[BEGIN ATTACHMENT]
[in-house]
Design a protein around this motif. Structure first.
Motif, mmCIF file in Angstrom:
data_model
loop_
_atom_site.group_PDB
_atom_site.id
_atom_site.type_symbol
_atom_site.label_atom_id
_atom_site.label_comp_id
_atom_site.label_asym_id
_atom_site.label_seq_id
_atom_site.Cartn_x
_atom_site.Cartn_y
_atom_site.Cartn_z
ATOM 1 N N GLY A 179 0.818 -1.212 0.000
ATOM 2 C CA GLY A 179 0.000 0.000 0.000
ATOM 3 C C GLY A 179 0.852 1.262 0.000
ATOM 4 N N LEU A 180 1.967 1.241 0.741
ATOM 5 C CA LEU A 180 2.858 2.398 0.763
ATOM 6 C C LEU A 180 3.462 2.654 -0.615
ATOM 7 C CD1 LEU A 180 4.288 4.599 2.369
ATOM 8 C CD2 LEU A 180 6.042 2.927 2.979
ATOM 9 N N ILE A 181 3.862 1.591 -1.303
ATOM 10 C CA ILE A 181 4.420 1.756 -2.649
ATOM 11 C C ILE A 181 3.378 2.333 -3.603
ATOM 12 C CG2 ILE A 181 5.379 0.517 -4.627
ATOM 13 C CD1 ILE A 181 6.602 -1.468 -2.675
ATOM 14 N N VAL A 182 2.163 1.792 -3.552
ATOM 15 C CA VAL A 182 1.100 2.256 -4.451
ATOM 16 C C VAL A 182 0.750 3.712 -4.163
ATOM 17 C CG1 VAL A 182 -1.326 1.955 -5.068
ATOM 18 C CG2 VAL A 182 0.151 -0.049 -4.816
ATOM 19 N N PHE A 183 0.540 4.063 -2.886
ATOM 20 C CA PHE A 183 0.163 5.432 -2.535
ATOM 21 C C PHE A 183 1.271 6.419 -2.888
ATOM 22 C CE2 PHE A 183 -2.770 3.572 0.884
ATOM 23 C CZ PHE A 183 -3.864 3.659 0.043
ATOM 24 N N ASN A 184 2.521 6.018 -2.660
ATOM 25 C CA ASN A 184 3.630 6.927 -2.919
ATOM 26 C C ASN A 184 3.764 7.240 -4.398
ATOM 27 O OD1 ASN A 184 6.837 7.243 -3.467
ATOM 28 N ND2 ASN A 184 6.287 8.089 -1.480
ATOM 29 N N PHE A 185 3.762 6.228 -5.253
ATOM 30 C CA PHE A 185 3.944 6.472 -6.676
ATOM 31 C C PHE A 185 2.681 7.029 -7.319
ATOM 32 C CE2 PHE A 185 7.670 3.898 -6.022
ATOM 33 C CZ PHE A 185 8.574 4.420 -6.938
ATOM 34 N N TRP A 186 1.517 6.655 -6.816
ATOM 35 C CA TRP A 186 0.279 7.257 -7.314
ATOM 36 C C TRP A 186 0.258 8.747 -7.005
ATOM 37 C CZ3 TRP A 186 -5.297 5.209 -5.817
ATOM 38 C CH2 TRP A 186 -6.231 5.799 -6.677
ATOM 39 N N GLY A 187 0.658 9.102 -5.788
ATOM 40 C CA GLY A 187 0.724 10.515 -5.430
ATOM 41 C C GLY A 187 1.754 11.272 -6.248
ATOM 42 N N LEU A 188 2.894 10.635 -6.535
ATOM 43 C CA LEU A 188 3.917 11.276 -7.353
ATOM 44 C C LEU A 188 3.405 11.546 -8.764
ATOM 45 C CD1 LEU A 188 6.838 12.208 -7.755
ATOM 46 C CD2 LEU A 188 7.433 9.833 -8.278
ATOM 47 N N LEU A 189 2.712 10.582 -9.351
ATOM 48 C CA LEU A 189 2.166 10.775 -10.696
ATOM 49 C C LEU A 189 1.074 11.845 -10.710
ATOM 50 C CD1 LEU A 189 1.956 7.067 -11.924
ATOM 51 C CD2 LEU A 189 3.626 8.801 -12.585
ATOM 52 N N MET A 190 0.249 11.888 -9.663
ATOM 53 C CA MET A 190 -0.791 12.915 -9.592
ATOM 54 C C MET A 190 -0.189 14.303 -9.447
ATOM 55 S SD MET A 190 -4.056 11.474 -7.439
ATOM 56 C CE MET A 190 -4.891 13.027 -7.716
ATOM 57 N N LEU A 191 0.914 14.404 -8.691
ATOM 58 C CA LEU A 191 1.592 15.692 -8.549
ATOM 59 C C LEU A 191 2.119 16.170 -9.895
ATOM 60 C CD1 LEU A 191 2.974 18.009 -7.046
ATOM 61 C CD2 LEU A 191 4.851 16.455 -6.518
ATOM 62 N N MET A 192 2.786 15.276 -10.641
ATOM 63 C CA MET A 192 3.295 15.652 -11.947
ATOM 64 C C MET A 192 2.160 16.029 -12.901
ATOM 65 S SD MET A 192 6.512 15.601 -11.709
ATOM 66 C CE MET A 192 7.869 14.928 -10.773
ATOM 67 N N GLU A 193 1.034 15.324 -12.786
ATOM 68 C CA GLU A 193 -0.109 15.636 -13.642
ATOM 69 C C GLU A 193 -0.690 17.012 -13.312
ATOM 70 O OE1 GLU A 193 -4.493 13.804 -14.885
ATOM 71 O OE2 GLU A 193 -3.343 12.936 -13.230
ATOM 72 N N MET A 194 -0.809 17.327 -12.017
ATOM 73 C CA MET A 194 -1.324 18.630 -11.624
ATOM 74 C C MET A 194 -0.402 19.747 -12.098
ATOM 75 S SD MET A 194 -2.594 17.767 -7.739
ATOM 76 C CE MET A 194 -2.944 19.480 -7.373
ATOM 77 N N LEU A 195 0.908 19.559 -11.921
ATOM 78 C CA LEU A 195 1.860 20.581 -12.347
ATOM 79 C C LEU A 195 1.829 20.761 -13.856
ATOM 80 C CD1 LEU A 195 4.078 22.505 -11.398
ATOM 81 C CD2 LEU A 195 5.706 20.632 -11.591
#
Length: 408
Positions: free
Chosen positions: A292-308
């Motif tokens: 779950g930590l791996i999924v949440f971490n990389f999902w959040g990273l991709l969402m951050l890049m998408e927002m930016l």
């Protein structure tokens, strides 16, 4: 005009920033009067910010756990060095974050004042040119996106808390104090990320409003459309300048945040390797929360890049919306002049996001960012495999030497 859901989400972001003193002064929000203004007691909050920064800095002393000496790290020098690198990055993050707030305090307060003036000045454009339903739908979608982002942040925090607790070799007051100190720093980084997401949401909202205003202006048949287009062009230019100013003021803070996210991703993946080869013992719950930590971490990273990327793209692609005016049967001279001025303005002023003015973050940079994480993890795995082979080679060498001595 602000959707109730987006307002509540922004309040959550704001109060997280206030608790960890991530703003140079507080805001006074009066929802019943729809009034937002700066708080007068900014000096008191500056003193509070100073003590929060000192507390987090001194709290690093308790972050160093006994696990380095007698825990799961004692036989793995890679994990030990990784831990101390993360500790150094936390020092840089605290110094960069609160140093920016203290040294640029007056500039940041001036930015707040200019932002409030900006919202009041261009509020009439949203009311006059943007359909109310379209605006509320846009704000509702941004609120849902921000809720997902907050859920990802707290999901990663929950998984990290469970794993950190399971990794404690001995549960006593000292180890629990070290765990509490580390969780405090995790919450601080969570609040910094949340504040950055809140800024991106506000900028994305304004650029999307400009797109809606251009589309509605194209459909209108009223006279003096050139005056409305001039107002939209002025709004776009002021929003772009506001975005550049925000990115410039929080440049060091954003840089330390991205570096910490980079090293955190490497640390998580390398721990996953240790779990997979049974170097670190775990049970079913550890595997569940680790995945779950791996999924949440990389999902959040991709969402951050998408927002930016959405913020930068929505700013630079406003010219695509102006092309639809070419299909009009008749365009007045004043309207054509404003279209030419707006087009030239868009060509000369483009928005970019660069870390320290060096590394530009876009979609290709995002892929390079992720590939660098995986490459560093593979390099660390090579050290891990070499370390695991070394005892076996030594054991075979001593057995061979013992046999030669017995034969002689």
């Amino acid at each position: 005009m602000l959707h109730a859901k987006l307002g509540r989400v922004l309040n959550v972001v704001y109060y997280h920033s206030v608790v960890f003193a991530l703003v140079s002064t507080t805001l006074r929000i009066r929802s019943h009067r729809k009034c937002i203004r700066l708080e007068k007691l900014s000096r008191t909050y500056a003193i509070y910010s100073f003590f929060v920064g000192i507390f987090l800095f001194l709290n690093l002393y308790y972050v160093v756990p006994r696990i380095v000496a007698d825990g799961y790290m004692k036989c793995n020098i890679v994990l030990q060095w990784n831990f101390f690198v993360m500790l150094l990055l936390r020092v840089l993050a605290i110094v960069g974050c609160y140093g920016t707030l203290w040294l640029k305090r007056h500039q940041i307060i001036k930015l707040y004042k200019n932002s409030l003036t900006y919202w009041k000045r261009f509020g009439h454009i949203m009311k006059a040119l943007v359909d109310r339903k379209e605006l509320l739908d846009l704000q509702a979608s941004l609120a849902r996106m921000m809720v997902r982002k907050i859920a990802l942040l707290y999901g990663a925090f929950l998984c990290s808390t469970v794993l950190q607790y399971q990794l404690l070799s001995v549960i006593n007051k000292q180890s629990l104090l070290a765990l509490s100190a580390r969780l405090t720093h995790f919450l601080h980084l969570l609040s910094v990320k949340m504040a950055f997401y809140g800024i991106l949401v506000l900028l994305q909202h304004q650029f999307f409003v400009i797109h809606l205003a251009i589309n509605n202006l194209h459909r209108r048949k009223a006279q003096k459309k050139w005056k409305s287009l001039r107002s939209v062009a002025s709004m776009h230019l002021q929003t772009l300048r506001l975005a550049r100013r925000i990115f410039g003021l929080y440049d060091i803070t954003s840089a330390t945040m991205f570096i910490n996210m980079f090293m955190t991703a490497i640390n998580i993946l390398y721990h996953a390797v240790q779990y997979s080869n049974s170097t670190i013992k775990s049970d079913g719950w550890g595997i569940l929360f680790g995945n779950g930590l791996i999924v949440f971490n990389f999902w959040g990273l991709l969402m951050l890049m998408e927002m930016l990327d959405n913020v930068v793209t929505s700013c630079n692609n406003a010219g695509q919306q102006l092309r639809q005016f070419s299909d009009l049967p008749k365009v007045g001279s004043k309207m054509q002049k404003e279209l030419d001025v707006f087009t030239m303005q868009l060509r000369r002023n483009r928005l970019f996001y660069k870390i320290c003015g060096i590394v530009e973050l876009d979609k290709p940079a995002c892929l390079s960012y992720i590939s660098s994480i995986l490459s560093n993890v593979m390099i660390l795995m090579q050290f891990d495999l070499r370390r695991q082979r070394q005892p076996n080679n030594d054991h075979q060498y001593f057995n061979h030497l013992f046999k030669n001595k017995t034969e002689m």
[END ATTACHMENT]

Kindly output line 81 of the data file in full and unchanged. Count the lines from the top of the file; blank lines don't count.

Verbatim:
ATOM 66 C CE MET A 192 7.869 14.928 -10.773